Latest Carbon nanotube Stories
A dose of carbon nanotubes more than doubles the growth rate of plant cell cultures — workhorses in the production of everything from lifesaving medications to sweeteners to dyes and perfumes — researchers are reporting.
Researchers from Stanford University and the U.S. Department of Energy's SLAC National Accelerator Laboratory have created the first-ever system of "designer electrons" – exotic variants of ordinary electrons with tunable properties that may ultimately lead to new types of materials and devices.
Researchers at Oregon State University have tapped into the extraordinary power of carbon “nanotubes” to increase the speed of biological sensors, a technology that might one day allow a doctor to routinely perform lab tests in minutes, speeding diagnosis and treatment while reducing costs.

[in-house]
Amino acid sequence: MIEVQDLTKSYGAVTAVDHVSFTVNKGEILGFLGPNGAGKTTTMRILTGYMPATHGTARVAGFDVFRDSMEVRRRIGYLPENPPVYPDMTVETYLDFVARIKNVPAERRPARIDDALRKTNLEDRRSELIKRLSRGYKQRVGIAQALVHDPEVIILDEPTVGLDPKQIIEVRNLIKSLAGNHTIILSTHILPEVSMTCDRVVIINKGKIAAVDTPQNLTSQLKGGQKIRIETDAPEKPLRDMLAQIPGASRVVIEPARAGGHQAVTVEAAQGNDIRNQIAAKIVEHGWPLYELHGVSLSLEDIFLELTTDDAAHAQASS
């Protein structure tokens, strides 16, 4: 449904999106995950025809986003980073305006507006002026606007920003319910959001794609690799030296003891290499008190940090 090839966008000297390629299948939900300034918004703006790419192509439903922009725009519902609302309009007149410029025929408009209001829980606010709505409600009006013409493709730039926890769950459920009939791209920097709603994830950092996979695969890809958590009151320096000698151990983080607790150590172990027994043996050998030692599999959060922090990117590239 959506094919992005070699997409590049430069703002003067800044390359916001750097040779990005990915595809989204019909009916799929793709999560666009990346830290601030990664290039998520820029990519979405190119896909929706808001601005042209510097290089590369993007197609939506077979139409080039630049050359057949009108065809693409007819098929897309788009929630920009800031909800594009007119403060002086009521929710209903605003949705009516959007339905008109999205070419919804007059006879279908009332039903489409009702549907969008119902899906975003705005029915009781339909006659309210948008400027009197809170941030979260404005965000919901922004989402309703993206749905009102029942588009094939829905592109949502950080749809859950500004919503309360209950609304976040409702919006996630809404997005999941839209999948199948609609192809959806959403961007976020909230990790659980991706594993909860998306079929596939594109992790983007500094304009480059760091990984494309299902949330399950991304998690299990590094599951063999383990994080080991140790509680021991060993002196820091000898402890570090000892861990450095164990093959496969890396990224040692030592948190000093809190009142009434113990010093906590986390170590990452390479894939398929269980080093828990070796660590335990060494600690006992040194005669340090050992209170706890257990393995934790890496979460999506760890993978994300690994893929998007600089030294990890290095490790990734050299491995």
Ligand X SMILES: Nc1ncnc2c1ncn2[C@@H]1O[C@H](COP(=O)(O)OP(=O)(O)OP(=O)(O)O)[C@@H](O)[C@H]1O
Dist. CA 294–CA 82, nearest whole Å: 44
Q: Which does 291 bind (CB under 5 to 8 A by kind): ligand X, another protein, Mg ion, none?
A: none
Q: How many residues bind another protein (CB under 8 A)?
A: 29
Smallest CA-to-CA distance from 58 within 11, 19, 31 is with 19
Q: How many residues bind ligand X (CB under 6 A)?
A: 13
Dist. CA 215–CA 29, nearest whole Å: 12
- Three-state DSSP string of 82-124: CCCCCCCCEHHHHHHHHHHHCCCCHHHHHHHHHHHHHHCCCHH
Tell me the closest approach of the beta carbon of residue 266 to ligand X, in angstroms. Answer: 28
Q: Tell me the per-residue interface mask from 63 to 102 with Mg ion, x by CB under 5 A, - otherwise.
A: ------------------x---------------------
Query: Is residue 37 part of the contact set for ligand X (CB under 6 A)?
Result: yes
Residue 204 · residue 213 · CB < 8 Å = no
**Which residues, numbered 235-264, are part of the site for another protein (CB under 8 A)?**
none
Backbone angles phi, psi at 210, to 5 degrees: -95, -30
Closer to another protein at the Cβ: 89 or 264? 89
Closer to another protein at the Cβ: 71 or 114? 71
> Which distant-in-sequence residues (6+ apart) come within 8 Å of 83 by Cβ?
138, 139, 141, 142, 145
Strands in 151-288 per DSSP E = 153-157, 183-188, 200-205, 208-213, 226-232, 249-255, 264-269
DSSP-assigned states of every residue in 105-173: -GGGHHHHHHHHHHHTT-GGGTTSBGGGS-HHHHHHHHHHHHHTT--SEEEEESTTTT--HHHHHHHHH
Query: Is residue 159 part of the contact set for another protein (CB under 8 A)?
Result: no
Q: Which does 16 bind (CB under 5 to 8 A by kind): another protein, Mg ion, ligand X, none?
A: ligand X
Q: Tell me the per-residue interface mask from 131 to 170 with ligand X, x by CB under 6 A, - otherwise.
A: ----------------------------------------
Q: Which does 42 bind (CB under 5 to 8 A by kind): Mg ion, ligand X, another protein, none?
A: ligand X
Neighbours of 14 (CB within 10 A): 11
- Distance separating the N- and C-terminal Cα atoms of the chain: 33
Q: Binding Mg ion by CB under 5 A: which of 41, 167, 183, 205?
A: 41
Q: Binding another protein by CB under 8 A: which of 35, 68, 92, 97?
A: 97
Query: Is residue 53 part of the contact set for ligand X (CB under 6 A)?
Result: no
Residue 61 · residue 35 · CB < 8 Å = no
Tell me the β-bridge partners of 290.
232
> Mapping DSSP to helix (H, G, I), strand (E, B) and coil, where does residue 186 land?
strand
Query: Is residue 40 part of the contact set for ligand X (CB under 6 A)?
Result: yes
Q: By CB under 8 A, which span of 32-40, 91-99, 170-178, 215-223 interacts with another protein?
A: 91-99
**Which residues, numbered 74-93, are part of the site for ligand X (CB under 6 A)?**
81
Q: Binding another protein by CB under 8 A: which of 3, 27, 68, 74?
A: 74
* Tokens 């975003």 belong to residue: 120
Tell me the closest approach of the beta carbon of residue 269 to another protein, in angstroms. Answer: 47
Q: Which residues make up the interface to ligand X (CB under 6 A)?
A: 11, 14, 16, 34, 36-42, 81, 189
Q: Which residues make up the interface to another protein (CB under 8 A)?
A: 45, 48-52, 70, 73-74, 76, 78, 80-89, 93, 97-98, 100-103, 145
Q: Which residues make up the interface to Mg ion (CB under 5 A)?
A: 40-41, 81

Seoul, Feb 27, 2012 - (ACN Newswire) - Hanyang University of Korea and RIKEN of Japan, in cooperation with other Asian universities and research institutes, are launching the Asian Research Network (ARN)
Researchers at the NanoScience Center of the University of Jyväskylä, Finland, and at Harvard University, US, have discovered a novel way to make nanomaterials.
Researchers at the University of Pittsburgh have coaxed gold into nanowires as a way of creating an inexpensive material for detecting poisonous gases found in natural gas.
Researchers from the University of Bristol have measured and identified for the first time the stress and strain shear modulus and internal friction of graphene sheets.
Carbon nanotubes and graphene consist of just a couple of layers of carbon atoms, but they are lighter than aluminium, stronger than steel and can bend like spring-coils.
Wake Forest Baptist Medical Center researchers have again proven that injecting multiwalled carbon nanotubes (MWCNTs) into tumors and heating them with a quick, 30-second laser treatment can kill them.
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